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Comment Re:Wow ... (Score 1) 220

I wonder how well securing luggage with a firearm actually helps though.

They did not change the rule regarding putting the "steal me" firearm tag on the inside of the luggage without reason and the same penalties applied back then. I assume the smart thieves broke the luggage open after seeing the tag, stole the firearm, and put the luggage back. Certainly that happens with high value personal items now, so why would this be different from firearms except for the penalties? This would apply to handguns but not long guns though.

Offhand I do not know of any incidents where packing a firearm for extra security created a more thorough response when the luggage was reported stolen but my sample size is low. I would still do it if possible.

Comment Re:To What Medium (Score 1) 62

The ROM's on early-80's consoles are still, on the whole, perfectly readable (as evidenced by MAME), and they don't even TRY to use error correcting codes to ensure resiliency.

Not if they are Mostek mask ROMs with the 2763 pinout. In test equipment and arcade machine those all seem to be failing. Anti-fuse programmable logic from that era is also failing. The fuses seem to be "regrowing".

Comment Re:Should work fine (Score 1) 120

Let's take this a step further - Apple added MAC address randomization [] to ios 8. Android can't be far behind, so what, exactly, is this going to do other than result in more home invasions on known false pretenses?

I fail to see a downside for law enforcement.

Comment Re:Is this all just a false flag? (Score 1) 306

If the FBI really wants access, they could get an NSL issued, forcing apple to comply by compromising their own system..and they couldn't tell their customers about it.

Maybe they did and the issue is begin litigated. Because of the secrecy of a NSL, we will not know until the case is decided and maybe not even then.

A warrant is different in that you cannot contest it; instead you contest the admissibility of evidence which has nothing to do with Apple. The warrant has already been reviewed by a judge without opposition.

Comment Re:Companies Will Lose (Score 1) 306

The government can change the rules (laws), has unlimited funds, and extended litigation provides employment. How much would Apple have to gain or lose to compromise their system? How much more than the 10 million dollars RSA accepted?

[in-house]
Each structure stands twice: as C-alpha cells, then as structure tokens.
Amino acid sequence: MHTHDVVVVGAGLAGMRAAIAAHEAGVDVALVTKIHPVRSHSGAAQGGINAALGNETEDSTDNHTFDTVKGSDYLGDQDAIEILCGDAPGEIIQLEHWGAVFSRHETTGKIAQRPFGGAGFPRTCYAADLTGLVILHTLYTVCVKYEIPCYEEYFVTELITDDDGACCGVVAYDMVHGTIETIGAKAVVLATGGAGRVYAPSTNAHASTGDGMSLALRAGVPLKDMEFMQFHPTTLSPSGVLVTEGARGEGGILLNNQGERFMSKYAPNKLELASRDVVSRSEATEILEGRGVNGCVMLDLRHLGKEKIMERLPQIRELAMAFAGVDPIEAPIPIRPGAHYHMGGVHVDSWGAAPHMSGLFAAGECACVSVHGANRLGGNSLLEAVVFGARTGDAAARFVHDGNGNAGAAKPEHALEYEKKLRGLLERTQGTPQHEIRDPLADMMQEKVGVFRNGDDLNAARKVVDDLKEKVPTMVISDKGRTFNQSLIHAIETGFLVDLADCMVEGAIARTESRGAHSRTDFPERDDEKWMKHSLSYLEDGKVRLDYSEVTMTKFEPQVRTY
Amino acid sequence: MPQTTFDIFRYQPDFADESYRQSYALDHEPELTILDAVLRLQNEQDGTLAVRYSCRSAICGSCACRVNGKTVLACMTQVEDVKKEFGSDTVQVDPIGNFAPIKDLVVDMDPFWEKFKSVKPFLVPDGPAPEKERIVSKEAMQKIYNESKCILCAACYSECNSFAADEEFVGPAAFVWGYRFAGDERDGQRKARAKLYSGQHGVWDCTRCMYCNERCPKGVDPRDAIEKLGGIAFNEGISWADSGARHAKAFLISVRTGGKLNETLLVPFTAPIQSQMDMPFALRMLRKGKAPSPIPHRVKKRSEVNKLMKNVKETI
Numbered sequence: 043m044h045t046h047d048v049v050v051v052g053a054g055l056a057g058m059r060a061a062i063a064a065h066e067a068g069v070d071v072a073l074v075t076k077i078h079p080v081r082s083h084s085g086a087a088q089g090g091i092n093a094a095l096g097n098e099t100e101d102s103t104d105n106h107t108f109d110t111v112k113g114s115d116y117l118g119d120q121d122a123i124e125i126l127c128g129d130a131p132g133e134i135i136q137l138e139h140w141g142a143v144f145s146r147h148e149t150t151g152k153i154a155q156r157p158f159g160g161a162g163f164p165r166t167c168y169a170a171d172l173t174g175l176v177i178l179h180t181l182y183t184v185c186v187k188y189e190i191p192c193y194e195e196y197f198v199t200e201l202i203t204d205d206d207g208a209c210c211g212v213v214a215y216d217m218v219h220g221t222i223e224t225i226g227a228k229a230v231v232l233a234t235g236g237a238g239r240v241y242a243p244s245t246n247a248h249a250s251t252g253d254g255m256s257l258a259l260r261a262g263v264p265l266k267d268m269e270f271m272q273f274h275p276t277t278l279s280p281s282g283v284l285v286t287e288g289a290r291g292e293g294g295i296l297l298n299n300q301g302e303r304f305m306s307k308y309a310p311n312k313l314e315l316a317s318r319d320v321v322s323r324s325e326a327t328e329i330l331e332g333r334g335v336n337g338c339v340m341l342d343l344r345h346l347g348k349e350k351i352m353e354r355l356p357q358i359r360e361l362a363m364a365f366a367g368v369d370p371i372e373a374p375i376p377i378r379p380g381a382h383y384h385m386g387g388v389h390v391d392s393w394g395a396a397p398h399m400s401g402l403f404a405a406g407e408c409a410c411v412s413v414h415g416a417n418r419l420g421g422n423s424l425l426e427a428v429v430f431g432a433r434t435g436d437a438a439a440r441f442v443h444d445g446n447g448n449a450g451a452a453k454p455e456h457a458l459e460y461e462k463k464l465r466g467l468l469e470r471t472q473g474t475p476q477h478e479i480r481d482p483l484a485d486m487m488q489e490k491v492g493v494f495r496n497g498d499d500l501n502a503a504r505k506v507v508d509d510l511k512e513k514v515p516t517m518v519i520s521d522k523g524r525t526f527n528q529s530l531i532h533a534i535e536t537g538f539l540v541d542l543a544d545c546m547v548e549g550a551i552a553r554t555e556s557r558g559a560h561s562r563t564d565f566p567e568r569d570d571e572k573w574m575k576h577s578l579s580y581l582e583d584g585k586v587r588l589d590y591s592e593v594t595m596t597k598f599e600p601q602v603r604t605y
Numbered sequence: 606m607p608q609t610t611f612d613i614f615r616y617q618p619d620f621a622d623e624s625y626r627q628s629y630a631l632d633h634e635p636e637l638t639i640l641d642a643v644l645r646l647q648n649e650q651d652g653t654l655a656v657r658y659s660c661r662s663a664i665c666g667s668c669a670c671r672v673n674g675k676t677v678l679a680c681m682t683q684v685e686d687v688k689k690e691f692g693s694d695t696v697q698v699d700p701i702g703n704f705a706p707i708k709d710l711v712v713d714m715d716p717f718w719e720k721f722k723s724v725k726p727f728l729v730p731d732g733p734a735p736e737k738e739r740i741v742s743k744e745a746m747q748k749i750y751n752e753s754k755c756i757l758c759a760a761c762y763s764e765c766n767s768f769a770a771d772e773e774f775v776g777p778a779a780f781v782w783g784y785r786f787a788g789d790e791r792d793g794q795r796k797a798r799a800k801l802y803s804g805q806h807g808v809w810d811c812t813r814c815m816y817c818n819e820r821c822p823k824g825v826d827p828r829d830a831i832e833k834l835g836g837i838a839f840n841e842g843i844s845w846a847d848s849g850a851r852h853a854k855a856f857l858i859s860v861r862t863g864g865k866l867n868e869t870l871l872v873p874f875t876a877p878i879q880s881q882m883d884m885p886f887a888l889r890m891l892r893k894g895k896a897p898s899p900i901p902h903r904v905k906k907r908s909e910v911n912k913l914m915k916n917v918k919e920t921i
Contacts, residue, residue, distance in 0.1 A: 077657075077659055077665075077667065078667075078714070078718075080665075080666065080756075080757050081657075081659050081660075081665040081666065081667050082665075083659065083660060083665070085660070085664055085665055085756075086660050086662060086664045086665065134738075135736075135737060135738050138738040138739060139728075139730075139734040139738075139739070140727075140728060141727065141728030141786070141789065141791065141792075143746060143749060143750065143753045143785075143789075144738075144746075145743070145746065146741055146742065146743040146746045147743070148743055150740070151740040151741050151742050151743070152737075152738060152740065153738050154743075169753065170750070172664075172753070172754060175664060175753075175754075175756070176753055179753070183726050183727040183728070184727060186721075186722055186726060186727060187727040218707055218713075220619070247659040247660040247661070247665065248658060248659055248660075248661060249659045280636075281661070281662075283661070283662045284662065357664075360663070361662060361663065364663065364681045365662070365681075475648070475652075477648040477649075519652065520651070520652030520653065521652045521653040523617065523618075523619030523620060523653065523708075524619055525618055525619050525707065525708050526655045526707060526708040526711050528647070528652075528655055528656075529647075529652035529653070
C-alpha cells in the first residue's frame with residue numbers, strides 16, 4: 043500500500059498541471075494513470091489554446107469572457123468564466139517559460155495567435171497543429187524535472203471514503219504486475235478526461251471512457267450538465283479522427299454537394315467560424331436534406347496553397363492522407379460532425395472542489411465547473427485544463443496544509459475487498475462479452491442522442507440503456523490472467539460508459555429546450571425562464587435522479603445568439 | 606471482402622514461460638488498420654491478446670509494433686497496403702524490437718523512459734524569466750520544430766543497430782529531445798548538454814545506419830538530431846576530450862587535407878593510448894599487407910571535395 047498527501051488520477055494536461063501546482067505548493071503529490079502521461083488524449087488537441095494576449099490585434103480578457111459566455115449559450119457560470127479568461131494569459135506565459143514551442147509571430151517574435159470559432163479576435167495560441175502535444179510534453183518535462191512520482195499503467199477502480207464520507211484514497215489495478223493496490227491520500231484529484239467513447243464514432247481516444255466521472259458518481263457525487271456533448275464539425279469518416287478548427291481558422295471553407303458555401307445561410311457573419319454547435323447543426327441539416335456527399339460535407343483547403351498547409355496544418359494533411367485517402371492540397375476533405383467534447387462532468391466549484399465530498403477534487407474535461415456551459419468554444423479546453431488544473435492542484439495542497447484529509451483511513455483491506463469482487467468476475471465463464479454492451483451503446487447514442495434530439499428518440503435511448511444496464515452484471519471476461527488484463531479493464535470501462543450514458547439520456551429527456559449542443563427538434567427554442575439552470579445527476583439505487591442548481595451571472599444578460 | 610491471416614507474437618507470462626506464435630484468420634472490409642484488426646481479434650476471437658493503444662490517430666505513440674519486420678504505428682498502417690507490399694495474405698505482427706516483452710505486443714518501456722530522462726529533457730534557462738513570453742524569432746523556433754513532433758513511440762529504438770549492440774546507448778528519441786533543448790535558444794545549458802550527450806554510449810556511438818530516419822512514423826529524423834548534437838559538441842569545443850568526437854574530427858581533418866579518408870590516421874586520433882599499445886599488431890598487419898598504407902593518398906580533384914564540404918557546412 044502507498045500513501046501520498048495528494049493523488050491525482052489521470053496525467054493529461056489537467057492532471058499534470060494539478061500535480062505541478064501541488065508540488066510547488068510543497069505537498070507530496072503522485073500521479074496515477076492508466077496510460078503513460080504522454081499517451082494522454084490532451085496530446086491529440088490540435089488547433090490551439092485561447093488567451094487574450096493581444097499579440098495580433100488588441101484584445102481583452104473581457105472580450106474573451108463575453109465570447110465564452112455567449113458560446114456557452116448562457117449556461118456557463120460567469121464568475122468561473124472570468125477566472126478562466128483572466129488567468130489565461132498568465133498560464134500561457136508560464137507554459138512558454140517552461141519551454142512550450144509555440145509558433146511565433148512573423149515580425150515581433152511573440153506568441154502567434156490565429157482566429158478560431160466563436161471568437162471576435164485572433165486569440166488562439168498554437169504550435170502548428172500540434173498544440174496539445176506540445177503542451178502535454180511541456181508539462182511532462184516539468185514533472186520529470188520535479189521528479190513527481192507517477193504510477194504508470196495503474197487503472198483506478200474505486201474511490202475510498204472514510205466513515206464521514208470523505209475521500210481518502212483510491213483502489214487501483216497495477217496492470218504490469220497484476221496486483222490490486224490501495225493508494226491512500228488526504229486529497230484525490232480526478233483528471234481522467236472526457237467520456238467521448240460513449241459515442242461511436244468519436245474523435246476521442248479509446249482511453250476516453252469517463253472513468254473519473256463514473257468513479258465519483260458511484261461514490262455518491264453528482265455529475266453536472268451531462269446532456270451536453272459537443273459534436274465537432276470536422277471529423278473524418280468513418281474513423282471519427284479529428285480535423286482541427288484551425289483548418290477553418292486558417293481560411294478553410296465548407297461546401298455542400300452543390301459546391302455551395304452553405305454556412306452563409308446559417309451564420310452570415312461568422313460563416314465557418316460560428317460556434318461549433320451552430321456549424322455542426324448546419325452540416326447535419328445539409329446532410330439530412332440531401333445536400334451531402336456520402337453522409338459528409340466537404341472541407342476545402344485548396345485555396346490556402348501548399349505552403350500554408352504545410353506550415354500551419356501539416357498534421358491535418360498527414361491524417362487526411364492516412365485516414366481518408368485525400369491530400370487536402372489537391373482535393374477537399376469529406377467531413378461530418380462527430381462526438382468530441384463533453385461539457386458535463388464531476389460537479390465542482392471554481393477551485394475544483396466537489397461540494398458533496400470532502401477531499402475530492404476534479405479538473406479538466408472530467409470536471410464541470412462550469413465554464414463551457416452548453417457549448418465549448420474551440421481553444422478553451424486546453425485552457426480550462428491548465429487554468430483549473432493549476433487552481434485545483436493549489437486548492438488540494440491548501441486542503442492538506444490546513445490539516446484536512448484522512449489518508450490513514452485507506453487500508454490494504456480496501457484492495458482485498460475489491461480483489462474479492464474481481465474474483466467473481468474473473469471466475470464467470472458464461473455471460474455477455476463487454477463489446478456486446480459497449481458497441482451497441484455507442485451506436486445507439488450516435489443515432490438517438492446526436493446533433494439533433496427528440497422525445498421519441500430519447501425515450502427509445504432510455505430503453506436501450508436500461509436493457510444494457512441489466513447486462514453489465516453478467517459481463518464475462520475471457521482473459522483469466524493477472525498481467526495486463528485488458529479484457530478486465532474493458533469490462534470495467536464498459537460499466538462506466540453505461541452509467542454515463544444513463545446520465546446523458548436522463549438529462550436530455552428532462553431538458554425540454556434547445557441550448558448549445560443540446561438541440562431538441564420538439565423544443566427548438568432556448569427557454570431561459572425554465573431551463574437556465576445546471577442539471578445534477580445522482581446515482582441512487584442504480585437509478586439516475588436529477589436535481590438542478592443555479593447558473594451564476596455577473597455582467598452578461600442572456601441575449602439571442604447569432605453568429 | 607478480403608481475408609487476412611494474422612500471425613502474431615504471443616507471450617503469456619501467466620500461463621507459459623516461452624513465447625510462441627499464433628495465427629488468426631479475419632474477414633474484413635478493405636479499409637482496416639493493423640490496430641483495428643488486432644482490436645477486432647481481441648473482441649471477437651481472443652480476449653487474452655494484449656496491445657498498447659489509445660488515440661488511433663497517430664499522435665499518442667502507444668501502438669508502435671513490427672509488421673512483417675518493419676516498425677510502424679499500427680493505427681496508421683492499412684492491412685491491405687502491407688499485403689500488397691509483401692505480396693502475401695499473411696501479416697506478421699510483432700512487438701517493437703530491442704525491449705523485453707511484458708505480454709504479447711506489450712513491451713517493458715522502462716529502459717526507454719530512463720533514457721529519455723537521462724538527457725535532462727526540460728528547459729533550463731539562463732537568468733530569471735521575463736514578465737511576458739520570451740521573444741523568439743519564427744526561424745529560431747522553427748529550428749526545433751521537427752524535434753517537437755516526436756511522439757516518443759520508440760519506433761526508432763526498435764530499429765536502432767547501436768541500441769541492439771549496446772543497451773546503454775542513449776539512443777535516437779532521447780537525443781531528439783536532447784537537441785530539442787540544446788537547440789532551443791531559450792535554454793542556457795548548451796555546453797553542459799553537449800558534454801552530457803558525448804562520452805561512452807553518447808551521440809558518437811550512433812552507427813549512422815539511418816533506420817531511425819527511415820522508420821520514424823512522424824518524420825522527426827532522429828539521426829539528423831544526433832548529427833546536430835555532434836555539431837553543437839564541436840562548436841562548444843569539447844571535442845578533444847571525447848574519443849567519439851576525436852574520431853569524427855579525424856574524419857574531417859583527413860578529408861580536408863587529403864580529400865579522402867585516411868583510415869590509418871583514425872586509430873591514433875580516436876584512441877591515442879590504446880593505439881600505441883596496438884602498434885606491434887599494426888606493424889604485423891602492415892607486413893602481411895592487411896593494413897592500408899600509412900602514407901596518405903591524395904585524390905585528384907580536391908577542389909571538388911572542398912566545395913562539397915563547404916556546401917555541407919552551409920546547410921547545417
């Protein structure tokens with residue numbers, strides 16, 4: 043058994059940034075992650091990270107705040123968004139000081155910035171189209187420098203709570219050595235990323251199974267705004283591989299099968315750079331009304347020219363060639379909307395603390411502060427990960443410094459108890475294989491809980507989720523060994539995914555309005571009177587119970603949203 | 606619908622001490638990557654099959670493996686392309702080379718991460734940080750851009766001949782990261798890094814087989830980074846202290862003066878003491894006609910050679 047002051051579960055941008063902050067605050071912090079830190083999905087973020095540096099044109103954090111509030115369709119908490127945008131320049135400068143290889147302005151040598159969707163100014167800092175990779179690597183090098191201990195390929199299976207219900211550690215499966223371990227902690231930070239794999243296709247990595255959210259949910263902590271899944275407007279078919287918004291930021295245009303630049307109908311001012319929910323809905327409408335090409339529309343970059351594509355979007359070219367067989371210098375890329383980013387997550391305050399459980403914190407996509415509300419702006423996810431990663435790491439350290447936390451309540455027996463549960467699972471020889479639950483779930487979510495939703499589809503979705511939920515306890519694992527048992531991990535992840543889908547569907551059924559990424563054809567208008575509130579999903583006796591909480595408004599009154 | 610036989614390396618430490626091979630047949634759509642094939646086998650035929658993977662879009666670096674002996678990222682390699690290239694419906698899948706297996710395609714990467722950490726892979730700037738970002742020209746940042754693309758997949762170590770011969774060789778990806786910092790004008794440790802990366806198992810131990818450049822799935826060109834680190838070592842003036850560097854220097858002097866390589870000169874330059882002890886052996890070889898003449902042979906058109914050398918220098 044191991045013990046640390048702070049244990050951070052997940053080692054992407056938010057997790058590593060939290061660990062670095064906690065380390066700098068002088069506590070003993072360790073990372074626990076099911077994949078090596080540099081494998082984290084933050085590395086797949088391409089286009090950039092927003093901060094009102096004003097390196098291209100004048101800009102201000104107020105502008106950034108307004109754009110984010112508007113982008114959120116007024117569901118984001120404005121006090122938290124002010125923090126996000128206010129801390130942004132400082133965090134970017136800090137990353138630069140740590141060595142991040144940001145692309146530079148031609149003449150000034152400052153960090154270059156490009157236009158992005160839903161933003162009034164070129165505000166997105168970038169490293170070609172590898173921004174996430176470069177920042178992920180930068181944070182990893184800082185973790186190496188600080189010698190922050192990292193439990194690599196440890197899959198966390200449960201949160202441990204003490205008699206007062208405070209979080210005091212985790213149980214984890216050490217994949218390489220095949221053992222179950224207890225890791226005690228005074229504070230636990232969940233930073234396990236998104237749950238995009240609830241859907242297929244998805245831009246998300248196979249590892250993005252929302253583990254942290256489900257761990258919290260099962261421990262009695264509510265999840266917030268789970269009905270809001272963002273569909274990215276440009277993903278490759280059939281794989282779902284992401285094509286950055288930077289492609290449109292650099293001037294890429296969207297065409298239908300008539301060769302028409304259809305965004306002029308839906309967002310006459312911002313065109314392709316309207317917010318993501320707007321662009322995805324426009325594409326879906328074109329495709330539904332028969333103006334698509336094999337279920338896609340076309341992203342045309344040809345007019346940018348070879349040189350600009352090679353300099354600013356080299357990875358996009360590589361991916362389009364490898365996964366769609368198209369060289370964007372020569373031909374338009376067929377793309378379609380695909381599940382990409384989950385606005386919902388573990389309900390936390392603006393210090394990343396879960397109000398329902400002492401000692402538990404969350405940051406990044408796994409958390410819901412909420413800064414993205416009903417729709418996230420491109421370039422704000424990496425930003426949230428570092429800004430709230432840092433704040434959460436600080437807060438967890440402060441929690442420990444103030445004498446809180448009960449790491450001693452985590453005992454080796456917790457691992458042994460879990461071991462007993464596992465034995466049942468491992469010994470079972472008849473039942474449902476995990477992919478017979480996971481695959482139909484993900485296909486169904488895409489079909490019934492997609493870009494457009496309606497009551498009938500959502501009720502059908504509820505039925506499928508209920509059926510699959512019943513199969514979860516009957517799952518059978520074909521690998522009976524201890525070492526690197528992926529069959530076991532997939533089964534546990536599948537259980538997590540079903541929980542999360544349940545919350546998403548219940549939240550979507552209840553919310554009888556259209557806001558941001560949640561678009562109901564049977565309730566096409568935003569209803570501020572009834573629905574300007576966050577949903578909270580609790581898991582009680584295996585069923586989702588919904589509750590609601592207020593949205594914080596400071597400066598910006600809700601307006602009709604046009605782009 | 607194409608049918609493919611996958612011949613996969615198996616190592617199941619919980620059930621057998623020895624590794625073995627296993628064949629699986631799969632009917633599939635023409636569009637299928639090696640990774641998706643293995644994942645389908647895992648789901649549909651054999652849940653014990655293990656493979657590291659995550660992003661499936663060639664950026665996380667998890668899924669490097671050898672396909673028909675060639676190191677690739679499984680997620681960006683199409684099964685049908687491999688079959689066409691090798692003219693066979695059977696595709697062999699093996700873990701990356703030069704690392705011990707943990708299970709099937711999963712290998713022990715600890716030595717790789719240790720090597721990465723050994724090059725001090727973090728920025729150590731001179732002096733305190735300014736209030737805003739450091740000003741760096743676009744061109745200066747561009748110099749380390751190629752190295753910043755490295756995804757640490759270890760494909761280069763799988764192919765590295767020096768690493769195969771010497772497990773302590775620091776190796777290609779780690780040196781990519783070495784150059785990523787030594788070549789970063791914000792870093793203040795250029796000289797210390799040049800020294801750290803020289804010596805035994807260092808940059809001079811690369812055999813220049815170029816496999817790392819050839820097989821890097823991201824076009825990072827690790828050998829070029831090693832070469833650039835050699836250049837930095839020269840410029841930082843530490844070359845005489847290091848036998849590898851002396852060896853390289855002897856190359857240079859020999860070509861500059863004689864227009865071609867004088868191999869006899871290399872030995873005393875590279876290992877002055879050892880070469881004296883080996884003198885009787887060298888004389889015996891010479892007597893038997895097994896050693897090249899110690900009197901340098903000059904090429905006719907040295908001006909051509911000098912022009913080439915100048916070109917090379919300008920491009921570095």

Or the government could give the same treatment to Apple that they gave to Quest. Maybe Tim Cook could have the same cell Joseph Nacchio had.

Comment Re:Rationalization (Score 1) 306

Sure, just like:

1. Law enforcement agencies use civil assets forfeiture to fund their operations.
2. Prosecutors withhold exculpatory evidence by either indifference or by reviewing evidence to see if it is exculpatory first in their opinion.
3. Law enforcement beating confessions out of suspects or intelligence agencies using extraordinary rendition to do the same thing without interference from the courts.
4. Law enforcement using unreliable confidential informants to generate probable cause for warrants.
5. Law enforcement using drug sniffing dogs to generate probable cause for searches.
6. Intelligence agencies passing along information gained without a warrant to law enforcement who then use parallel construction to keep the court from reviewing the initial search. Law enforcement does the same thing with cellular interception devices.

If intelligence agencies and law enforcement think end to end user encryption is such a problem, then get a law passed making it unlawful and requiring features for law enforcement access. Bring it out into the open for debate instead of violating the constitution with the result of diminishing other rights. Their cause is virtuous and they can be trusted, right?

Comment Re:Well, they COULD also encrypt for the FBI... (Score 1) 306

The key is to strike some sort of balance. If the FBI has a court-issued warrant saying they can eavesdrop in real-time on a text conversation between two people's phones, then there's really not much room for one to argue that their privacy rights should override the warrant. Being able to eavesdrop in on conversations over a communications network after a warrant has been granted has been a well-established legal process for close to a century.

What is not established is that a warrant is sufficient to compel Apple to do anything other than turn over what they have access to which is the ciphertext. For that, the FBI needs a law or maybe an order based on the All Writs Act.

As far as balance, there is no balance when law enforcement including the NSA and FBI systematically lie to Congress and the court about surveillance.

Comment Re:In real time? (Score 1) 306

Since the United States Supreme Court has ruled that "limited times" includes any duration which can be specified, any brute force attack may be conducted within a "limited time".

The government should get to it and stop complaining. It will only take a "limited time" to decrypt the ciphertext.

"Don't tell me I'm burning the candle at both ends -- tell me where to get more wax!!"